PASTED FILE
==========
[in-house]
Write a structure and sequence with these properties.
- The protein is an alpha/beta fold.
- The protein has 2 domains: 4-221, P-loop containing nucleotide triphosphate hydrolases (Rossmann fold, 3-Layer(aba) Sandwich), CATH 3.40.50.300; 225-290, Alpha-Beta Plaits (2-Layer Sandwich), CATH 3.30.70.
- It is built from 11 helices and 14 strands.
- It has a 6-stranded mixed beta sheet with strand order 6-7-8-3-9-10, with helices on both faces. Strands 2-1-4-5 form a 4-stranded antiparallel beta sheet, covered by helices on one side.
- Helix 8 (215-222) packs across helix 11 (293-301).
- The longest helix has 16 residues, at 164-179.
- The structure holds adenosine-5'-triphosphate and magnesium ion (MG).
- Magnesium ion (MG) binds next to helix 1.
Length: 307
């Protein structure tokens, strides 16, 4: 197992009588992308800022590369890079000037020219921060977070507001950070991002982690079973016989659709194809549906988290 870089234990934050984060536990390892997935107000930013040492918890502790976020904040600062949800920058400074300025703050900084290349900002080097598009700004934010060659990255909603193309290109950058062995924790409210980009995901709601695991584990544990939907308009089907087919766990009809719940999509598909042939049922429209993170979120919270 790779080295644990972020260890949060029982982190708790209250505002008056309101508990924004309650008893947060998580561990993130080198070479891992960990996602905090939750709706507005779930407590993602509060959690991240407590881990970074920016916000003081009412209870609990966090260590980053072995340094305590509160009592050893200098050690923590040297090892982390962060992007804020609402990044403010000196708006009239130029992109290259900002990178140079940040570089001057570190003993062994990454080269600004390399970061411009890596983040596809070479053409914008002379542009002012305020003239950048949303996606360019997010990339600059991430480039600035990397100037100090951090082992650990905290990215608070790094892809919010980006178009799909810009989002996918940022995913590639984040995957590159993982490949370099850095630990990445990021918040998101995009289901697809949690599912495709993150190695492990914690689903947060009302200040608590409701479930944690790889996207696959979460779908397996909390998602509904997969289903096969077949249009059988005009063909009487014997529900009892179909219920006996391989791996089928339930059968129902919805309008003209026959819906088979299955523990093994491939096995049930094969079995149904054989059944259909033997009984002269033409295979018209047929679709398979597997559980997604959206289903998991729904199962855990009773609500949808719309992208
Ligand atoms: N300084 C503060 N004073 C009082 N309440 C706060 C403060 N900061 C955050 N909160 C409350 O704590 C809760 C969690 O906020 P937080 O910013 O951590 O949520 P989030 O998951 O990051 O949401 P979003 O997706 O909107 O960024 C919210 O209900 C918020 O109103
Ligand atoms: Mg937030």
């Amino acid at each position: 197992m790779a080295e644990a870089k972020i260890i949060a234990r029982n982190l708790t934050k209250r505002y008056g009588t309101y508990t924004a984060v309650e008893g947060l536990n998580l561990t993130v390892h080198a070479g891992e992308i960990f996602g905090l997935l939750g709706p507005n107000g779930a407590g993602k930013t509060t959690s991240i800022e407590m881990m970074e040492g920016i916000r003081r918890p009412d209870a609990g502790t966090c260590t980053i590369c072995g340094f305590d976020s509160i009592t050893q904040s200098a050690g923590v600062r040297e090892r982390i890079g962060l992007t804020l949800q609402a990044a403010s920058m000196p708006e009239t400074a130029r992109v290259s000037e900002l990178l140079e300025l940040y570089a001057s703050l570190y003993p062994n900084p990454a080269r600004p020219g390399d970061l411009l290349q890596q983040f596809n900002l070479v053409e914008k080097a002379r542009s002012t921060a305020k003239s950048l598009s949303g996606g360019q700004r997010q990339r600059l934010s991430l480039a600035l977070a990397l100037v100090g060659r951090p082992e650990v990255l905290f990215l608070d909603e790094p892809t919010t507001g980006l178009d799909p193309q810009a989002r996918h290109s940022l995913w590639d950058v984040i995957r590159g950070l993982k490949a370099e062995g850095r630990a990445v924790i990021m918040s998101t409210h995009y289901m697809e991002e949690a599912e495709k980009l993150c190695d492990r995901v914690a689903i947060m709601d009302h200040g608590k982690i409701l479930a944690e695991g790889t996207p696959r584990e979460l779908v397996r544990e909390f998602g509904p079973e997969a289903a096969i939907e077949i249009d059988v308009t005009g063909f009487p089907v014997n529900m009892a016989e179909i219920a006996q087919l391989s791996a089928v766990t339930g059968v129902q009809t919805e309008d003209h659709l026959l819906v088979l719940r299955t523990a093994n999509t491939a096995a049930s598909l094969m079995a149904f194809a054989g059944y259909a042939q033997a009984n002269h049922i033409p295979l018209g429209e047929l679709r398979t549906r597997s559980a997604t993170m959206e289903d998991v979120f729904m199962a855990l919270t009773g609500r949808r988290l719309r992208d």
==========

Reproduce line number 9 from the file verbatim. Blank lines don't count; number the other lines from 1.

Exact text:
- The structure holds adenosine-5'-triphosphate and magnesium ion (MG).